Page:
Remember-Then-Do For small annoying tasks that often slip your mind, a good strategy is that as soon as you remember you need to do the task, grab a hold of that moment to follow through. Rather than putting it off and forgetting about it again, use your remembering of the task as a sign to take action now.

Reminders If forgetting tasks is a big part of why you procrastinate use visual reminders and prompts to help you. If the things you need to get done aren’t ‘in your face’, then it will be a case of ‘out of sight, out of mind’. So take steps to make sure that the tasks you need to get done are ‘in your face’. This could involve writing notes or lists and placing them in prominent places (e.g., fridge, bedside table, bathroom mirror, desk, diary), or using other reminders (e.g., mobile phone, email manager, asking someone else to remind you).

Visualize Another way to approach your tasks or project is to visualize yourself doing it. If you are good with imagination, bring to mind a very vivid and real picture of doing the task. Try to use all your senses to make the image as real as possible. In this image notice any obstacles coming up that get in the way of the task, and visualize yourself successfully overcoming those obstacles and following through with the task to completion. Focus particularly on the good feeling you have when the task is complete. Once the task is successfully completed in your mind, use the momentum from the visualization to get going on the task in real life

Focus If you feel a little at ease when you begin working on a task, take a moment to close your eyes and focus on your breath. Try to slow your breathing  down to smooth, slow and steady breathing. Take in normal and comfortable volumes of air, and try to allow yourself to breathe from deep in the lungs and belly, rather than shallow in your chest. Just focus on the breath. It may even be helpful to count your breath to yourself (e.g., “breathing in-2-3-4…hold…breathing out 2-3-4-5-6”), counting whatever rhythm feels comfortable to you. Spend 5-10 minutes using your breath to settle and focus, and then return to the task. Anytime you notice yourself becoming unsettled, again just focus on a couple of slow and smooth breaths. Just observe the unsettled feeling, rather than being irritated by it. Let go of the feeling by imagining each exhalation as carrying that unsettledness away from the body, as the breath leaves the body.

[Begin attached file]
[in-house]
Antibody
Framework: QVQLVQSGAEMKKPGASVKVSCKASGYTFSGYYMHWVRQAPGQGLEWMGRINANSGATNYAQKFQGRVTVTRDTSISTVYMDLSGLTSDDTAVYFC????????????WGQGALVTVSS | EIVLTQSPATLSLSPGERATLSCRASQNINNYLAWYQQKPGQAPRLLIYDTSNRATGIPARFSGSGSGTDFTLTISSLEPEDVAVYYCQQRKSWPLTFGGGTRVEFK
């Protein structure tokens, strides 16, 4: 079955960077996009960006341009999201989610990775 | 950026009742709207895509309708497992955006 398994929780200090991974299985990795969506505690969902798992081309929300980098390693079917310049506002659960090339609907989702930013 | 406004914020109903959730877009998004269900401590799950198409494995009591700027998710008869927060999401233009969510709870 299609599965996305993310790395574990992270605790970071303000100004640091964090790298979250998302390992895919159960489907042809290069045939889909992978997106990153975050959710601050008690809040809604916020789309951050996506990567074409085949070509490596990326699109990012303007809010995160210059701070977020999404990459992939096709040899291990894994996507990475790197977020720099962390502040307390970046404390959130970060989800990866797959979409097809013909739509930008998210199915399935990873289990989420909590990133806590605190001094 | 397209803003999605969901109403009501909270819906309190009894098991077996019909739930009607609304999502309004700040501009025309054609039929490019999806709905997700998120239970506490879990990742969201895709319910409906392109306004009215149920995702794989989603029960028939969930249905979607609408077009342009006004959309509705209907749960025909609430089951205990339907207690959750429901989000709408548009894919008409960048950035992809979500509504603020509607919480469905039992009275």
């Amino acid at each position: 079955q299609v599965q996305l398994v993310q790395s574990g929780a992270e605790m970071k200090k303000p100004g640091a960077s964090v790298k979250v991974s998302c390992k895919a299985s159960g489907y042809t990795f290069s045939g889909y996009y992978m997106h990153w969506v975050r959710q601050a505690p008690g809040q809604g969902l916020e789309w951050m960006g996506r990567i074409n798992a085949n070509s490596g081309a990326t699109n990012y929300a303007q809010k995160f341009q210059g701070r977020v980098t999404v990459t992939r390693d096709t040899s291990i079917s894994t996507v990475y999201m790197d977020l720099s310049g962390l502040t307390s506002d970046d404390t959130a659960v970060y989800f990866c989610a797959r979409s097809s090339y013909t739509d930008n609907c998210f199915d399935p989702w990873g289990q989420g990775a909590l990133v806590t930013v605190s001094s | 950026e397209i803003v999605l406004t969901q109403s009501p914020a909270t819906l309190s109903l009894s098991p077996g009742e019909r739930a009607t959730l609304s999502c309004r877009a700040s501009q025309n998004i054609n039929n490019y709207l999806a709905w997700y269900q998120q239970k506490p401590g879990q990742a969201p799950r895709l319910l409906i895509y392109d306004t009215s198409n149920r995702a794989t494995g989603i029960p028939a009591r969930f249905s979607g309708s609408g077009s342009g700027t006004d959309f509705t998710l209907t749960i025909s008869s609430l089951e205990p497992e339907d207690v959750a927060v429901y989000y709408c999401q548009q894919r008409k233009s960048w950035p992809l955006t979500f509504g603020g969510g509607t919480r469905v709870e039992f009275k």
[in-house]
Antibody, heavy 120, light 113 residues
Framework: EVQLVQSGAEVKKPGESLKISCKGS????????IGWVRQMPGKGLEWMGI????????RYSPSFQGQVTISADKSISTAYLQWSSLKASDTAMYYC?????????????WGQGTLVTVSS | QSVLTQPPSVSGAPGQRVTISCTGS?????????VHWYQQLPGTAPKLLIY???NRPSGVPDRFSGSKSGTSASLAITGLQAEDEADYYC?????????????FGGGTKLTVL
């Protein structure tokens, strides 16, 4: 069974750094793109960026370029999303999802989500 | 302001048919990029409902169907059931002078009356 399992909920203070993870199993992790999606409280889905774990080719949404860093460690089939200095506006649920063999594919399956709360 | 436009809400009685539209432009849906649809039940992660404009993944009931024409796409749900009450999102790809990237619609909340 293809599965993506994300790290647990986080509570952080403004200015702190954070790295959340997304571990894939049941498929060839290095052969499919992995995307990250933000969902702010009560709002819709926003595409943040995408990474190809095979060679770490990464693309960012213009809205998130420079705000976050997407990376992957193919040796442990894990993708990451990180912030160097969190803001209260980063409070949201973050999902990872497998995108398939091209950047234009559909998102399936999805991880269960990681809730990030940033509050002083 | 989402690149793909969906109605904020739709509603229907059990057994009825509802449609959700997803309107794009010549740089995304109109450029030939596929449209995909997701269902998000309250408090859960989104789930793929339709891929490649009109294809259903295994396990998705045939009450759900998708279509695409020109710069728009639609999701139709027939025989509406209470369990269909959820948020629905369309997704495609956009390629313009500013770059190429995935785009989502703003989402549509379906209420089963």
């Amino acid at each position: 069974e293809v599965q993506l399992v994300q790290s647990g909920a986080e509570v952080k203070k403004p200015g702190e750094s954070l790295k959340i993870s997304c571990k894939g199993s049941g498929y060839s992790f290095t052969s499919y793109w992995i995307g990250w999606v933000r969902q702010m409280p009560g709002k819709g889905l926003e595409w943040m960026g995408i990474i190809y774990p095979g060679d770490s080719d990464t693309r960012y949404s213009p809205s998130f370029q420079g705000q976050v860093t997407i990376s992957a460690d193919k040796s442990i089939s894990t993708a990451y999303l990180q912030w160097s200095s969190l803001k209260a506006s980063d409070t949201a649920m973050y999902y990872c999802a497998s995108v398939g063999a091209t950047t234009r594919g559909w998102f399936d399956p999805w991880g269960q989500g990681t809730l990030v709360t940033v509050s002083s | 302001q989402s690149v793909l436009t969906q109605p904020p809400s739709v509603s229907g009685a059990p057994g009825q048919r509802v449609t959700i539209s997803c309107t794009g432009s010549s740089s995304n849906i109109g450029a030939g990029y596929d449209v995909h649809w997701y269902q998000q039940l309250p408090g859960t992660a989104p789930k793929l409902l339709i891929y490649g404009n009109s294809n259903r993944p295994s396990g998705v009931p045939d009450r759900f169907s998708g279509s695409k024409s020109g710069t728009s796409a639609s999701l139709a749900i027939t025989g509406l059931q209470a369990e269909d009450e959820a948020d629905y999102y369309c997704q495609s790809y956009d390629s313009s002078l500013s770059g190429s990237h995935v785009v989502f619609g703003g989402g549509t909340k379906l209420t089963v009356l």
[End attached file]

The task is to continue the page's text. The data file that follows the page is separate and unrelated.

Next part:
Reward Yourself - A really important part of approaching tasks and projects in a productive way is to actually plan rewards and ‘play time’. Often the things we could use to reward ourselves (e.g., pleasure, socializing), are the very same things that distract us and get us procrastinating in the first place, and in the long run it  make us feel guilty. But, there is a difference between these activities interfering and distracting us from what needs to be done, and instead using them to reward ourselves after something has been achieved or as a well earned break from a task. The more you plan regular rewards for your achievements, the less you will feel like you are missing out or being deprived of something, and hence the less likely it is that you will procrastinate. The key is to let these rewards be guilt-free, by having preplanned them and fitted them around the work that needs to be done. Some adults with ADHD  may  often think “I don’t have time” or “I don’t deserve rewards or fun”. But think of it this way, the things you don’t like doing tend to zap some of your energy, whereas rewards, leisure and pleasure help replenish you energy, allowing you to do better quality work in the long run. It is all about a balance between pleasure and achievement.

 

 

 

3 Responses

  1. I often tell myself I will only work for 2 minutes but then often finish the task since I am already up and moving. Good story Jenna
    • adhdcoach
      You can take a much time to work on a task as long as you feel comfortable. Be sure to take breaks in between, you dont want to overwhelm yourself.
  2. good post. I'll link to it (when I get around to it, of course). Thanks Doug